We disguise ourself as a group of people who would be able to move through Maerimydra without too much difficulty. To accomplish this, we'd have to dress one of us up as a drow of reasonable standing. As the only remotely elfen member of the party, that'd have to be me, and we'd have to make out that I was a mutant drow like Tries. The rest of the party would be my assorted slaves, and with a good enough disguise we'd be able to infiltrate the city. From there, we'd meet up with Tries' contact, and persuade him that the upcoming war could be a good opportunity to... overthrow their oppressors. Not much of a plan to begin with, but a little more understanding of Maerimydra lent it plausibility:
Firstly, there was the Princess, and her handmaidens. Each of those handmaidens (of which there were about twelve) vyed for her attention pollitically, and they ran the city. The direct servants of the handmaidens were marked with a lash from a tentacle-whip, leaving a very specific mark. Those bearing the mark could walk around largely unchallenged, and most people on seeing the mark would avert their eyes. An albino drow could rise to this position, and therefore it was the role I would take. Tries would be able to fake the mark well enough to pass most inspections.
Secondly, the organisations in the city were largely split between three castes. The Priest caste that worshipped Lolth were largely in charge, and other religions were outlawed. The mage caste largely stayed in thier university and devoted themselves to research. The army caste trained, but had little to do. None of the castes particularly liked the others. A slight as much as attacking the city (as we had done) would cause them to unite against their oppressors, and most likely flatten our small village, even with the force we had. However, if we were to provide a distraction capable of diverting the attention of the mages and the army, then the attack on hollow would be simply led by the priests. Our force could probably defeat that assault with relative ease.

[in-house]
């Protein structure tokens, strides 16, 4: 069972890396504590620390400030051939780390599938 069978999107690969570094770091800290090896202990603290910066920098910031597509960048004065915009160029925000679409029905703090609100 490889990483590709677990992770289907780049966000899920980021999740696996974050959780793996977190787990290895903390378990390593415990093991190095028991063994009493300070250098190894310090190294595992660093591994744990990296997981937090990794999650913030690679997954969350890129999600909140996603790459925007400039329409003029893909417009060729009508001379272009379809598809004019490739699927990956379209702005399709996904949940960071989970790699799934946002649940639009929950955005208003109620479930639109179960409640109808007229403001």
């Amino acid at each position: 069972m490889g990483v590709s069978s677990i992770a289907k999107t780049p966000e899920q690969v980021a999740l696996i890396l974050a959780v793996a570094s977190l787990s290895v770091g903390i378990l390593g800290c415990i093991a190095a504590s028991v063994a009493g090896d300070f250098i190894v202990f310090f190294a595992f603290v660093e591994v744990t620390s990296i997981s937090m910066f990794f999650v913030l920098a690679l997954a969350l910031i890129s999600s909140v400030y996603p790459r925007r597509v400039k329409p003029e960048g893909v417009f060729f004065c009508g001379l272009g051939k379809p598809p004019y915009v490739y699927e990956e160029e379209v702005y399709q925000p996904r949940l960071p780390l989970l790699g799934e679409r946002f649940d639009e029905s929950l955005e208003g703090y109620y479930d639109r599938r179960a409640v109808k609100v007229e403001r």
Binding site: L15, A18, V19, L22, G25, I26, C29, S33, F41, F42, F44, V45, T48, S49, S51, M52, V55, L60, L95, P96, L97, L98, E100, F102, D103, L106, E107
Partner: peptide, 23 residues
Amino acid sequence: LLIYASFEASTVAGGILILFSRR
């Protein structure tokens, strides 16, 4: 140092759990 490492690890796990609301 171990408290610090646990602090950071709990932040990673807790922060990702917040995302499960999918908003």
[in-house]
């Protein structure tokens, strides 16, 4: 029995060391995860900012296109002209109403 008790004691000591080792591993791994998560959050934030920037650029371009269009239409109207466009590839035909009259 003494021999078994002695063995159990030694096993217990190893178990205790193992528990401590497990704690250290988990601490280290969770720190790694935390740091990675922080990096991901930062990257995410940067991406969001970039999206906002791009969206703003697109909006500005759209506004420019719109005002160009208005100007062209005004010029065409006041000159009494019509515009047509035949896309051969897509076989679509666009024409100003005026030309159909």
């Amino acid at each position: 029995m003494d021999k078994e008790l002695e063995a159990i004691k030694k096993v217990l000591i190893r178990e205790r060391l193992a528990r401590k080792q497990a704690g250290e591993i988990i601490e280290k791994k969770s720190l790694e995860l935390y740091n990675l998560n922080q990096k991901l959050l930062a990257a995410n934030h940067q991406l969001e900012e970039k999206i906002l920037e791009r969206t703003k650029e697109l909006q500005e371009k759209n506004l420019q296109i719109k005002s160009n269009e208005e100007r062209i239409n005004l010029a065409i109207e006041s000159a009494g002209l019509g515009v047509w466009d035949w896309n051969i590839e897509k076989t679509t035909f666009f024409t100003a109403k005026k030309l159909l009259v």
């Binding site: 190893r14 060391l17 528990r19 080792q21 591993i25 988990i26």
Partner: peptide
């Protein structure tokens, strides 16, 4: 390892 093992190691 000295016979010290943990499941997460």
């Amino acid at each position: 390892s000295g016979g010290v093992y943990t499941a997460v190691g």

Now, if we were to kill all of the attackers in that situation, we'd bring down the wrath and full might of the city upon us. However, if we were to simply humiliate the attackers, without causing "too much harm" - then the embarassment to the priest class could be enough to spark a revolution. The trick would be to defeat the army of slaves, but send the priests back home humiliated and beaten.
All we'd need is a suitable distraction. Of course, our contact would be much better in tune with pollitical currents in the city, and have a better idea of what kind of distraction we'd need. A good start we had to work on was some kind of magical accident in the university, or a slave uprising, or perhaps the kidnapping of a low-ranked official in one of the other organisations.